- Date Your Spices
- When you buy new spices and get them home, write the date
on the side of the spice container. That way you will always
know how old your spices are. If they're over 1 year old,
you should probably throw them out and buy fresh. So don't
buy more than you think you will use in a year, even if
that huge jar of spice powder looks like a good buy for
- If you do find yourself with more of a spice than you
think you will use quickly, place it in a small zip-top
bag, rap the bag in foil, label this package, and store
in the freezer.
- Reviving Older Spices
- If your spices do get a little old you can bring out more
of their flavor by heating them for a few seconds in a small
dry skillet before use. Use low to medium heat, and keep
the spices moving. You just want to warm them through.
- Self Ground Spices
- Buy yourself a small coffee / spice grinder. They're only
about $10. Not only are fresh ground spices much more flavorful,
but whole spices keep better much longer. Comparing just
the smell of fresh ground black pepper or cinnamon to the
pre-ground stuff in a bottle will make a believer out of
Difference in Chili and Chile Powder
- Chile powder is pure dried chiles that
is ground into a powder. It contains nothing but the ground
dried chile, or a mix a several dried chiles.
- Chili powder is a blend of ground chile
(chile powder) and other spices. This usually includes cumin,
oregano, garlic powder, and sometimes salt
- Buying Fresh Chiles
- Fresh chiles, especially jalapenos and serranos, can vary
a lot in their levels of heat. The best way that I have
find to choose the hotter chiles is to look for the ones
with the fine cracks on the outer skin. Look for firm shinny
skinned chiles with the fine brown lines. I'm not saying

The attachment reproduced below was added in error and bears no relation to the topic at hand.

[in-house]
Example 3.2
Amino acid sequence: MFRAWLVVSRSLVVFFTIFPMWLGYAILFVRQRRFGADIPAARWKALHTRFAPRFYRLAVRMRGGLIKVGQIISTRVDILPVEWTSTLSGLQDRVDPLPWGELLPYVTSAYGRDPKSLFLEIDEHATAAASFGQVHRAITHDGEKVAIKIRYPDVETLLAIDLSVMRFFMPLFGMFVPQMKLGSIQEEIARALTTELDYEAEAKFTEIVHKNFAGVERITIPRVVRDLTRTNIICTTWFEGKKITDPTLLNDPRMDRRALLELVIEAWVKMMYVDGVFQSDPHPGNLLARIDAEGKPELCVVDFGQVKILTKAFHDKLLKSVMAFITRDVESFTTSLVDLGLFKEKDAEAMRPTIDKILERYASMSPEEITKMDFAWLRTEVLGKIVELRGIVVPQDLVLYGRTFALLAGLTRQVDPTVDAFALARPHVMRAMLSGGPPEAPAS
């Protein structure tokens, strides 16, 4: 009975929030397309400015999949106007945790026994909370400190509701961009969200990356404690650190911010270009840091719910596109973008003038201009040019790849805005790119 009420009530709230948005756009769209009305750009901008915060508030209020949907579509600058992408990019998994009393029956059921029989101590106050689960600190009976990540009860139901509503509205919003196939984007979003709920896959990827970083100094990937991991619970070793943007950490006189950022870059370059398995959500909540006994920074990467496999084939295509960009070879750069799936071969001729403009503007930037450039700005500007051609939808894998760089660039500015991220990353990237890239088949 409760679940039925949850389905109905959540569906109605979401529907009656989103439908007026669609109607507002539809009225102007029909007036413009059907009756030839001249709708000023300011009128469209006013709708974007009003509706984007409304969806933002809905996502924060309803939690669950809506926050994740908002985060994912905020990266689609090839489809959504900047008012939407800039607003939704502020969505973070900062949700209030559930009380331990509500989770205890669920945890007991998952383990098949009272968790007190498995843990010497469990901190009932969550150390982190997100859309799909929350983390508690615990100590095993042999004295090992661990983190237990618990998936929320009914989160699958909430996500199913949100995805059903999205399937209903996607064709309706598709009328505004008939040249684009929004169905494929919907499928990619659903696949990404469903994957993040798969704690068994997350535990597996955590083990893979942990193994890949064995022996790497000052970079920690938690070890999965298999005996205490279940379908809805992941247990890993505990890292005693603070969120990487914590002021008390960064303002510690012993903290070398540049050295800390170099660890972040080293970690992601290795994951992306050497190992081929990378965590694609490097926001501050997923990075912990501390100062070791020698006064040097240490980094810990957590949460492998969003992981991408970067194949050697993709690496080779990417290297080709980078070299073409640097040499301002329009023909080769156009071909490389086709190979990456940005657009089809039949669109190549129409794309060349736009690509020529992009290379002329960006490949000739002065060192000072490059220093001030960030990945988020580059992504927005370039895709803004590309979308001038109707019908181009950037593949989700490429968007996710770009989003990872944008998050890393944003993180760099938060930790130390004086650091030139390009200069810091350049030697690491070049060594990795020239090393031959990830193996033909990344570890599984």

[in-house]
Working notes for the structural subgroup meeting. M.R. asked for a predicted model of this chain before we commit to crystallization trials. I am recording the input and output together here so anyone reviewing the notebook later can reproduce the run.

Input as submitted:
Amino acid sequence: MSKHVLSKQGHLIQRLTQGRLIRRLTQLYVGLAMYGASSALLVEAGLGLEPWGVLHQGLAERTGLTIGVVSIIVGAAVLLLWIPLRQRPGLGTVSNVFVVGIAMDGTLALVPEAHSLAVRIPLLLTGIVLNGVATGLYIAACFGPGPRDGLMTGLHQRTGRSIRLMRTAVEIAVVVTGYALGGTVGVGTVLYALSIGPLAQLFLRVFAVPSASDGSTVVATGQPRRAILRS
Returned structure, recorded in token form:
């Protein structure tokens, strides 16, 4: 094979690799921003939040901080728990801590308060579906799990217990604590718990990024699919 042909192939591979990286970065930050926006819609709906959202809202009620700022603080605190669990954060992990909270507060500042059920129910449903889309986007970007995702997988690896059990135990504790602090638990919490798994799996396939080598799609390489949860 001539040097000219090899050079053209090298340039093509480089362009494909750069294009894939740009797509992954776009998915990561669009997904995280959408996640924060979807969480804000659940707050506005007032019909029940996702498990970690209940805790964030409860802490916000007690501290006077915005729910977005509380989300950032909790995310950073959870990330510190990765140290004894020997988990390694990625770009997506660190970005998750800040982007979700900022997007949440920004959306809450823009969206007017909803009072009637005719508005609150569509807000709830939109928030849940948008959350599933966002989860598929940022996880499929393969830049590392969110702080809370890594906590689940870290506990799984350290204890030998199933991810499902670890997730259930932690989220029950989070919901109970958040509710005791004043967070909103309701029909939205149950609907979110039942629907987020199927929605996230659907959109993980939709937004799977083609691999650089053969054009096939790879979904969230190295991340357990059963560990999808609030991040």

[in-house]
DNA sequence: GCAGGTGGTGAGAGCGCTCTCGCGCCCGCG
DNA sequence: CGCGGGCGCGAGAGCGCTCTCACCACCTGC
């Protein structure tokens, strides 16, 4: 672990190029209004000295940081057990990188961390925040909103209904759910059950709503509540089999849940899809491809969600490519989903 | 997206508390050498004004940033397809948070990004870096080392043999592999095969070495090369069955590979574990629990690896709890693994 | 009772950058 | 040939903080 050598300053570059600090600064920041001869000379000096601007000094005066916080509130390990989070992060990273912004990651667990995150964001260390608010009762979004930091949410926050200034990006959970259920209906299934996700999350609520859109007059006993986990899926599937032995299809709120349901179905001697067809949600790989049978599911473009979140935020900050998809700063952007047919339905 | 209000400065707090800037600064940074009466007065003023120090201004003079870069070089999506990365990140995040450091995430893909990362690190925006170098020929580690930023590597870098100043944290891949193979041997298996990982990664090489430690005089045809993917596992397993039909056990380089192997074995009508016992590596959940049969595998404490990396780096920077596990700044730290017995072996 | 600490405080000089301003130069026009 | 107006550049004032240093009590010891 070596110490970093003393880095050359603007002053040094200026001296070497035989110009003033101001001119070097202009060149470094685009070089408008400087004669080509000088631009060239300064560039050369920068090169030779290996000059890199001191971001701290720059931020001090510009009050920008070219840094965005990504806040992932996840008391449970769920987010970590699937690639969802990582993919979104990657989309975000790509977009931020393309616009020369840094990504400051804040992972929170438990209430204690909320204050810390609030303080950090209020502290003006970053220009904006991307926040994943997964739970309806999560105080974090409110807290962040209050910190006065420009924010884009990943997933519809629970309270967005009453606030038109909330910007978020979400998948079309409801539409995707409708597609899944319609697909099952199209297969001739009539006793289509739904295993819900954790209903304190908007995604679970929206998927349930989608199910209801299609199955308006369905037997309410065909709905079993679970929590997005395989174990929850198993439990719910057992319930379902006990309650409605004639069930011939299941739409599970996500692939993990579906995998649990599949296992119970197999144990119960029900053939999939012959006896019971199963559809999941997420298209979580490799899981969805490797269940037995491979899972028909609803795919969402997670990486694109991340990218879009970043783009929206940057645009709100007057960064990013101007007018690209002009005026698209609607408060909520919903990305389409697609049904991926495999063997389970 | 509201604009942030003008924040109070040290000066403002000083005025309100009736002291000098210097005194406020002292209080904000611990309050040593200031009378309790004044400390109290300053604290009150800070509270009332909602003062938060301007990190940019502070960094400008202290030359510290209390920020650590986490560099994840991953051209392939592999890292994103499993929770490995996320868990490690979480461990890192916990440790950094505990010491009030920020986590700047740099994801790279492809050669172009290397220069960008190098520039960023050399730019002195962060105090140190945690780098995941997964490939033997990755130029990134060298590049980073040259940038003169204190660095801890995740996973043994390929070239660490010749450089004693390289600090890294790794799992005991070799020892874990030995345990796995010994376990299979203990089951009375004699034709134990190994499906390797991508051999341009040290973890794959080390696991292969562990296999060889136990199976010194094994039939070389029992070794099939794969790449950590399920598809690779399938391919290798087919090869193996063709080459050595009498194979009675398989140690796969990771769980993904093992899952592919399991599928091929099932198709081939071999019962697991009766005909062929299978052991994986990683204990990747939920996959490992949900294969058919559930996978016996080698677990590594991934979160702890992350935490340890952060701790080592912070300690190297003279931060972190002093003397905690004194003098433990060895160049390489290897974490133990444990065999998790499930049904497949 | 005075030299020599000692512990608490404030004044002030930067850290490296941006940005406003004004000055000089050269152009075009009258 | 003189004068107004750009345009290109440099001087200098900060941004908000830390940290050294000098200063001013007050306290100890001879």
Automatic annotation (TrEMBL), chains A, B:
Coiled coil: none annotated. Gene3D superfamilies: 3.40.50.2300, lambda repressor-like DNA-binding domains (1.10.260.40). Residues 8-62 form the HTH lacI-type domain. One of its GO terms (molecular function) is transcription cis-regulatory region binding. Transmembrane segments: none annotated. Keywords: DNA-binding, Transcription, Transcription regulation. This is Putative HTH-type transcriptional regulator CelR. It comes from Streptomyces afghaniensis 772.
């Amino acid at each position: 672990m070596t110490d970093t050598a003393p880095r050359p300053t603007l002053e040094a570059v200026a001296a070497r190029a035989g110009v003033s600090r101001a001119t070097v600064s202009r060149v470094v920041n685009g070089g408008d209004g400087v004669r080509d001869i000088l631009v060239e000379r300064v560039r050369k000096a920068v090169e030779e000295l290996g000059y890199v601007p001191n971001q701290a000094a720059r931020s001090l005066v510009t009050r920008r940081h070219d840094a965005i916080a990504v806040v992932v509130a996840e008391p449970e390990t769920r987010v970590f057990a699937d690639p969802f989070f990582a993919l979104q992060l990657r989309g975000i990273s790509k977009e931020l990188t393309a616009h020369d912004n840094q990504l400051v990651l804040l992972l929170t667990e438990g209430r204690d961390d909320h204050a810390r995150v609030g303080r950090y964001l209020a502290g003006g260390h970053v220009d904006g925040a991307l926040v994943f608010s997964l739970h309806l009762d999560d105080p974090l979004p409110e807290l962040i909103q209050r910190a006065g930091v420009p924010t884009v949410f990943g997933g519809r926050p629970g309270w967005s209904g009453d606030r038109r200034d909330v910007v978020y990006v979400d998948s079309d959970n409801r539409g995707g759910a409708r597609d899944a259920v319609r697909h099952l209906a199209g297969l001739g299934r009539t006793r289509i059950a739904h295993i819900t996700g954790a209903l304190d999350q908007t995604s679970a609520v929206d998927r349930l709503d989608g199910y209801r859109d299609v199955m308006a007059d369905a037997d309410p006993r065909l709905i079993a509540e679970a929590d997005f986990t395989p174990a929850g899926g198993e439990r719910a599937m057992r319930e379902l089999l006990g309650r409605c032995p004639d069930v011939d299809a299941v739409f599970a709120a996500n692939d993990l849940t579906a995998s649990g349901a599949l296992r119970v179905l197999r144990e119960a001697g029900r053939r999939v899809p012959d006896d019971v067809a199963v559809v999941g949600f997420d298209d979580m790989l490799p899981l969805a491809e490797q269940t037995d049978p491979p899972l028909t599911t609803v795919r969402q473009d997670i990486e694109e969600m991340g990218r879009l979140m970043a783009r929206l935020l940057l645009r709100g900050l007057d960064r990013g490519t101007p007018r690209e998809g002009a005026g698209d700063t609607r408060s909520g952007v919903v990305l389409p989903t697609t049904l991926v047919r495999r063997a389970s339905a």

to always get the hottest chiles, just that this is a way
to help pick chiles with a constant level of heat. If still
in doubt, taste the chile before using in your cooking to
judge the heat level.
- Storing Fresh Herbs
- Most fresh herbs will keep the longest if you wash them
if needed, lay them out evenly on paper towels, roll them
up in the paper towels, seal them in a plastic zip bag,
and then store in the vegetable crisper. The hardier herbs
will keep longest, but you'll get days or weeks out of most
herbs. This also works extremely well with lettuce.
- For herbs that don't take cold and moisture very well,
like basil, place them in a glass with enough water so that
the stems are in the water but not the foliage. Put the
glass in a cool spot in the kitchen or in the refrigerator
on a self near the door in the front (this should be one
of the warmer areas of you fridge).
- Reviving Limp Celery
- When celery loses its crispness, cut a thin slice off
the bottom end(s), and place it in a picture of ice water.
Let the celery sit in the water for a couple of hours. Remove
the celery from the water and you should find that it's
got most of its original crispness back.
- Keeping Buttermilk
- Very few people keep buttermilk around all the time anymore.
Our solution is to buy the powdered
buttermilk in the baking isle. You can keep this on
hand at all times (we keep ours in the freezer for longer
life). Just follow the directions, adding the powder to
the dry ingredients, and then add the correct amount of
water to the wet ingredients. We use this in almost all
recipes calling for buttermilk and no longer have to make
the special trip to the market for the regular buttermilk.